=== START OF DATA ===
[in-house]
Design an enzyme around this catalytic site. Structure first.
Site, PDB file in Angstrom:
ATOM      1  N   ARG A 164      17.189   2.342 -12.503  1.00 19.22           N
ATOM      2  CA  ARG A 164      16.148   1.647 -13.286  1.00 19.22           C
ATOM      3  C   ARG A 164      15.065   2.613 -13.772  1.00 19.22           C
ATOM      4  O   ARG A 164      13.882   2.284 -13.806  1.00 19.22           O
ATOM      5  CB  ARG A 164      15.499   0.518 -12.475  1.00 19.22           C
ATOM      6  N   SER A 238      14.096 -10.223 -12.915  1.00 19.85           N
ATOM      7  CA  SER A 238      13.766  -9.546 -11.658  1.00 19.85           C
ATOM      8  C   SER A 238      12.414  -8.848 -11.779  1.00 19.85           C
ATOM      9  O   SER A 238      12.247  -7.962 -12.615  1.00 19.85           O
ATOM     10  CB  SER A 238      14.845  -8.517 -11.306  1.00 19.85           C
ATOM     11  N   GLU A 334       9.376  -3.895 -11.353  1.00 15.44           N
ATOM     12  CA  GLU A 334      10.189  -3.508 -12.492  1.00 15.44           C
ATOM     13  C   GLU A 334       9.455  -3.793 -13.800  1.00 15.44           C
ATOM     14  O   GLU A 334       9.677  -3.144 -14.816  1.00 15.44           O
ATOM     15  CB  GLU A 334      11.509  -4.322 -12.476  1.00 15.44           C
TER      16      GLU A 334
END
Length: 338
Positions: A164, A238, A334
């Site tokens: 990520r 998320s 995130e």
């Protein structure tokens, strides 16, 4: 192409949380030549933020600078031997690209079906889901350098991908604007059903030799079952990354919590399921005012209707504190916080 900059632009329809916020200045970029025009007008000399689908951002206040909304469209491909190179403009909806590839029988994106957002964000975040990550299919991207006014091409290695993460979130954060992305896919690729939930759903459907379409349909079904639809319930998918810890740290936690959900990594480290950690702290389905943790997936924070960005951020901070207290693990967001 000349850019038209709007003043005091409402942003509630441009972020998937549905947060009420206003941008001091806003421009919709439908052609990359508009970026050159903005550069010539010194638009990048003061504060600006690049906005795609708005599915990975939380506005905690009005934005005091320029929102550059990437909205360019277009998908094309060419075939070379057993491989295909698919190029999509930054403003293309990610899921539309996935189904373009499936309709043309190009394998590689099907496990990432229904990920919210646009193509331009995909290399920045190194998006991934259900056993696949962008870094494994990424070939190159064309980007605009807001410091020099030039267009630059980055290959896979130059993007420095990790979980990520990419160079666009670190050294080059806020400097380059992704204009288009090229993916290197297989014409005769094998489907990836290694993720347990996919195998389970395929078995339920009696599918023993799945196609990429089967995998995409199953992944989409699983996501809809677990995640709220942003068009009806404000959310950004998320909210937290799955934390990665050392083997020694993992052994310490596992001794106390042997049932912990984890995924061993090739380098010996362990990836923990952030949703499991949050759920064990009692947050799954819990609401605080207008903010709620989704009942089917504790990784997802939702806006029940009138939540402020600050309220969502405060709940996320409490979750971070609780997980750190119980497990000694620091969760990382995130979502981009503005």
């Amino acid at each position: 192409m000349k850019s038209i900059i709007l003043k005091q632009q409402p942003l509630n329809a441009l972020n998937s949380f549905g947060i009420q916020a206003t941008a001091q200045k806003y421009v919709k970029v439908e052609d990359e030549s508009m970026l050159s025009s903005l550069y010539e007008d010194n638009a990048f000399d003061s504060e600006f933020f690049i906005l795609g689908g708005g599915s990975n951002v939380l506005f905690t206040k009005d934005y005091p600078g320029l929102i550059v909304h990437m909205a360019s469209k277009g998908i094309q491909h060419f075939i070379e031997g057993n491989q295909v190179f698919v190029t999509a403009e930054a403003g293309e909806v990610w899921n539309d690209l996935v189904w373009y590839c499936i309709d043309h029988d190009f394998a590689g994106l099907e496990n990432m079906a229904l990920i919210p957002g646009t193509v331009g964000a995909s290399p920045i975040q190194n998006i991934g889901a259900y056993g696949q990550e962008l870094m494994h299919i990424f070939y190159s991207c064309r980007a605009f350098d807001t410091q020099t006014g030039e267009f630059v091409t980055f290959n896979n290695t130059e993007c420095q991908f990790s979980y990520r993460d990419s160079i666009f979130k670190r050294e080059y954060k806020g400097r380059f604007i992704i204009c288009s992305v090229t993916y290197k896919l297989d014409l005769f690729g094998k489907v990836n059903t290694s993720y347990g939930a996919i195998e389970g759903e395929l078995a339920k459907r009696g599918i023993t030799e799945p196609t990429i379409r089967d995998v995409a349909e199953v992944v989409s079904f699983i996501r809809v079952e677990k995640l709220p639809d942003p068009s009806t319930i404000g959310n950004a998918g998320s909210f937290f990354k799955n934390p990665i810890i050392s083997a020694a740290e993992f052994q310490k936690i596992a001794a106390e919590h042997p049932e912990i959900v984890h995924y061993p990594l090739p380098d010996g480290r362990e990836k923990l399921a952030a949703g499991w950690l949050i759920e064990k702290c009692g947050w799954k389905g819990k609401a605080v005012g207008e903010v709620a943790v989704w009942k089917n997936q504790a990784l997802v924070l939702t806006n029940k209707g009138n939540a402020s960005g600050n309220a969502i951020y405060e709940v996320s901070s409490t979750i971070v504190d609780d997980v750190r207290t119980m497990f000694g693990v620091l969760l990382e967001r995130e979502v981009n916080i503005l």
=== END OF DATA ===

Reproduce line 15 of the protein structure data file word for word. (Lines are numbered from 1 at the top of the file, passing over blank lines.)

ATOM     12  CA  GLU A 334      10.189  -3.508 -12.492  1.00 15.44           C